The Minister of Public Safety’s statement on 17 July, 2012, that the Government of Canada would further delay Mr. Khadr’s return is a shameful diplomatic about-face. It is also a gross violation of Khadr’s Constitutional rights and the Rule of Law. There is no Rule of Law when public officials can arbitrarily suspend the rights of an individual citizen on the basis of allegations that have not been proven in a properly constituted court of law, or because he has become the object of a public smear campaign that has made him unpopular with some factions of Canadian society.
Khadr’s conviction was illegal and there is no material evidence on the record linking him to the death of any person on the battlefield. Even if such evidence existed it would attest to acts committed when Khadr was a minor and a victim of the war crime of recruiting child soldiers. The Government of Canada’s stated intention to treat his repatriation as a criminal matter is therefore contrary to the rule of law and Canada’s most basic Constitutional principles. As set out in the Charter of Rights and Freedoms:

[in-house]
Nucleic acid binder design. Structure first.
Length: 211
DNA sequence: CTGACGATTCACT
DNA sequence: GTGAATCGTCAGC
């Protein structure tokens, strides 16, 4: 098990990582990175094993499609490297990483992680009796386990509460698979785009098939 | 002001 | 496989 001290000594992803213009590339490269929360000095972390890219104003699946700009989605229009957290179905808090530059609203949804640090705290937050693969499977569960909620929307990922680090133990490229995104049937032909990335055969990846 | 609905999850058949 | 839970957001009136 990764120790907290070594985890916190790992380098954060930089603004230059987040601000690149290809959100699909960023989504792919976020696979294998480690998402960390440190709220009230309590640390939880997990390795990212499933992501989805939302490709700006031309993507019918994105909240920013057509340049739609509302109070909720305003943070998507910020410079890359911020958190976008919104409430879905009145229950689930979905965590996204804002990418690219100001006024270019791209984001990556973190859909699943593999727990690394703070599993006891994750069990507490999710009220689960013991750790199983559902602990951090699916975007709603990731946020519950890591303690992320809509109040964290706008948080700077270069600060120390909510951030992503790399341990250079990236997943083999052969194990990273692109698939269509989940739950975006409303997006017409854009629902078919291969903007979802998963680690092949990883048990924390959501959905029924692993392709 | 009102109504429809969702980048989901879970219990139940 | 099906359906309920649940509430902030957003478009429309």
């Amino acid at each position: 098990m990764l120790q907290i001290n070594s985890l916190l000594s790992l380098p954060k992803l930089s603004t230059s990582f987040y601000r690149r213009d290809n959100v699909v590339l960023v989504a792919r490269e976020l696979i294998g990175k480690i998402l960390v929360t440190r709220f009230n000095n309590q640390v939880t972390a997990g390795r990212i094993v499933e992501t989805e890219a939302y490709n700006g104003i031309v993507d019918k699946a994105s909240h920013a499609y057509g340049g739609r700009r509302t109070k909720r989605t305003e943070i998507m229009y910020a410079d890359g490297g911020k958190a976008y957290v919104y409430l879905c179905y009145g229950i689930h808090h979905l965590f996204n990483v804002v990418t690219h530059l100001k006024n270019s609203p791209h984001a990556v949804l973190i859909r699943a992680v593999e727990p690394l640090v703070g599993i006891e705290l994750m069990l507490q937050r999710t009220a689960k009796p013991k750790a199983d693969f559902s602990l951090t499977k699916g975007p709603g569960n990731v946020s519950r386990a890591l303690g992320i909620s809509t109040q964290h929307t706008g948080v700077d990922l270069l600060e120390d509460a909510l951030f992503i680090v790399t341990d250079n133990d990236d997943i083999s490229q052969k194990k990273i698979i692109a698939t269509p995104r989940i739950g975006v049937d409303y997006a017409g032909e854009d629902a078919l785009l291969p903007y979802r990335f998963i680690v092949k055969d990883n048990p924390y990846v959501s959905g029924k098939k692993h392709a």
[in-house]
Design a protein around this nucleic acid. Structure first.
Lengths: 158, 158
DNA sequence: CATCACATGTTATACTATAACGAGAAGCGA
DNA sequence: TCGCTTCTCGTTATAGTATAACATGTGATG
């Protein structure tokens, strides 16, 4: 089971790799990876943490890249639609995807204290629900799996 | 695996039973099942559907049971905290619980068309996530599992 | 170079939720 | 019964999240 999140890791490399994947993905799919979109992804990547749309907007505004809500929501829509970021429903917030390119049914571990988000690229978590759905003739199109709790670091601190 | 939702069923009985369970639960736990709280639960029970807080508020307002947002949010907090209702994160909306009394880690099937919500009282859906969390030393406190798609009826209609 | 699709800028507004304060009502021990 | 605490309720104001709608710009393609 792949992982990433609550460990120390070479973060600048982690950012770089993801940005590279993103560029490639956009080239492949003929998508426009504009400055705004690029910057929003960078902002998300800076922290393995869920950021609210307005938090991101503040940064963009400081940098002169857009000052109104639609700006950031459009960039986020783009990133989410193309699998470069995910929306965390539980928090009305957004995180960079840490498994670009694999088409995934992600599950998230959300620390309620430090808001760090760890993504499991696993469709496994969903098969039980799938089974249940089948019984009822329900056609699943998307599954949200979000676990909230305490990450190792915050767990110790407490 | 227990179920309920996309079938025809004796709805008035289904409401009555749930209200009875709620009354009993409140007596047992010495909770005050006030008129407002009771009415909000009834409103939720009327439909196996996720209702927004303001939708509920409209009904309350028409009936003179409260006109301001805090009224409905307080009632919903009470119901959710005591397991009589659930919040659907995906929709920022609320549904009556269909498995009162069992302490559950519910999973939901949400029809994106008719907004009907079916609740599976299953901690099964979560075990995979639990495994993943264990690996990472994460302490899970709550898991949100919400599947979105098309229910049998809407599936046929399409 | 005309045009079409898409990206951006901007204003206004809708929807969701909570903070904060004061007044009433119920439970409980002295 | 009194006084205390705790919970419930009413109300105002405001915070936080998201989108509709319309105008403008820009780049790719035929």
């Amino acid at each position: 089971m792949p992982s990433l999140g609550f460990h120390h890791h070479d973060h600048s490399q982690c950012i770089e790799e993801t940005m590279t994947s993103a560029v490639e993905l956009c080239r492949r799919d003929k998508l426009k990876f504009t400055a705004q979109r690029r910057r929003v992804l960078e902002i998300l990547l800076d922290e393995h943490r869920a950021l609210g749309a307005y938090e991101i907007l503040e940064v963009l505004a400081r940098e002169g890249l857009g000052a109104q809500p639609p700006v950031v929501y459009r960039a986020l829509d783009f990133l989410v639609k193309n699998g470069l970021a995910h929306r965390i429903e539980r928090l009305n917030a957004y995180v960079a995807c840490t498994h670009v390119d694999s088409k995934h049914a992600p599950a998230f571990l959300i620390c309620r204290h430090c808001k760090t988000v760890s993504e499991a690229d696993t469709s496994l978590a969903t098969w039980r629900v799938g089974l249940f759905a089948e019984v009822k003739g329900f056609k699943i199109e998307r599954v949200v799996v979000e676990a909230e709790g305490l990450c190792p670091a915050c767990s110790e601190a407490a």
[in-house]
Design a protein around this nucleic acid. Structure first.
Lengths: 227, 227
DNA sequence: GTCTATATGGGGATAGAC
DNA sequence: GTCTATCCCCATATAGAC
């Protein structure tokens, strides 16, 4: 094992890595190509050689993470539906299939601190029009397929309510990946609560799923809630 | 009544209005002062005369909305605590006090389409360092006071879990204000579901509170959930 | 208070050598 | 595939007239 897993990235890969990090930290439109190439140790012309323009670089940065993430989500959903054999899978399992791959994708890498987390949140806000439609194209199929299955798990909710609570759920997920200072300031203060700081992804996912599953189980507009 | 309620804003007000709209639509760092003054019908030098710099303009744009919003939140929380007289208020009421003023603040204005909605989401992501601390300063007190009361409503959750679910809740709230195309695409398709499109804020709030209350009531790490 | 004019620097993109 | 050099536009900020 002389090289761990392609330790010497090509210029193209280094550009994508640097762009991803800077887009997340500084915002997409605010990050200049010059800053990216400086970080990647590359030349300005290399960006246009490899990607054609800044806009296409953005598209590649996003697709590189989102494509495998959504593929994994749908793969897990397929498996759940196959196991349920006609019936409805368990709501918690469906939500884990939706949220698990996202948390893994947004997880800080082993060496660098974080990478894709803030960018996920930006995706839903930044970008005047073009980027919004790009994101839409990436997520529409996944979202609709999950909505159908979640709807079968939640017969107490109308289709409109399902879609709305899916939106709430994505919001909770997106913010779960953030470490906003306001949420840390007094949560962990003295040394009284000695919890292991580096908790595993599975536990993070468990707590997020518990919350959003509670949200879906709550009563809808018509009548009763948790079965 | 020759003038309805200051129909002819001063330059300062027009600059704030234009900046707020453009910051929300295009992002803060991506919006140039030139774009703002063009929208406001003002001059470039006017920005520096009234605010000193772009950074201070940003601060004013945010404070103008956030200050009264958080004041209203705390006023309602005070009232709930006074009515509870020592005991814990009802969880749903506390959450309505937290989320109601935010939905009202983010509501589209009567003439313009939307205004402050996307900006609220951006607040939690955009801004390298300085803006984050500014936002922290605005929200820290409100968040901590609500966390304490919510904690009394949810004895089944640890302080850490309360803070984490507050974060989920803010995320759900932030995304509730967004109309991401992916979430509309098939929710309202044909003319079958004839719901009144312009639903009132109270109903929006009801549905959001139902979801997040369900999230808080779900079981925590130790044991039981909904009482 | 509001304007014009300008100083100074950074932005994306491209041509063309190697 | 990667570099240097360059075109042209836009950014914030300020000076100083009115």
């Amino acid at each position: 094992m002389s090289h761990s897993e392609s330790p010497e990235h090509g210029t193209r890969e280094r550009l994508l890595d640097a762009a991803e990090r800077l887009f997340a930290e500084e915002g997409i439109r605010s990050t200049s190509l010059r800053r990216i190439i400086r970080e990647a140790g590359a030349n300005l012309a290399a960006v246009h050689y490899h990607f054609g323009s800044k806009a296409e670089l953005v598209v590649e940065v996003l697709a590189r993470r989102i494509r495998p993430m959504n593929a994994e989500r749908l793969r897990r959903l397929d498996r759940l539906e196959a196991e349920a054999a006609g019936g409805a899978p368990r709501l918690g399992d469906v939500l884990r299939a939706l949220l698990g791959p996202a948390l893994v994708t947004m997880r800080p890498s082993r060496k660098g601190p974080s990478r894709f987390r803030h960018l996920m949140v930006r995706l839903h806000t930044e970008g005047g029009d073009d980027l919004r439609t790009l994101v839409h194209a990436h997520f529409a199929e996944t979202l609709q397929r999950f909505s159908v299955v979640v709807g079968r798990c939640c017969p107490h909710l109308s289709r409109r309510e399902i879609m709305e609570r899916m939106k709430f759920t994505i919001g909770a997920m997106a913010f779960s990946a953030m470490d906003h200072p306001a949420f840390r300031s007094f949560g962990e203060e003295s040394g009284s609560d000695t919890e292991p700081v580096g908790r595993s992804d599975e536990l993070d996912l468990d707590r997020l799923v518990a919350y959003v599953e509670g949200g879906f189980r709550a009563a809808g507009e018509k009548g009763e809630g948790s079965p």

“Every citizen ofCanadahas the right to enter, remain in and leave Canada.” s. 6(1)
“Everyone has the right to life, liberty and security of the person and the right not to be deprived thereof except in accordance with the principles of fundamental justice.” s. 7
“Everyone has the right not to be arbitrarily detained or imprisoned.” s. 9
“Everyone has the right not to be subjected to any cruel and unusual treatment or punishment.” s. 12
Canada’s international reputation for propriety, fairness and legal rectitude has been violated by the highly unusual breaches of these Charter provisions. The arbitrary choice by the Government of Canada to abandon the Rule of Law gives a green light for abuse of law and fundamental rights to the petty dictators who are responsible for abhorrent violations of human rights and world peace. We must not lose our moral compass. We must not succumb to fear-mongering. We must uphold the law.
There is no longer any real or imagined legal impediment to the repatriation of Omar Khadr. While some Canadians do not support this course of action, the Government of Canada has an obligation to educate the public about the facts and law. If the Conservative Party of Canada is really the Rule of Law party it will not play politics with our most fundamental human and constitutional rights.
Every moment of delay in the repatriation procedure that Canada has already committed to uphold constitutes a continued violation of Omar Khadr’s rights and the Canadian Constitution. Canada must act immediately to honour its commitments and to uphold the Rule of Law by bringing Omar Khadr home.
Gavin Magrath, Barrister & Solicitor
Grace Woo, LL.B., LL.M., Ph.D.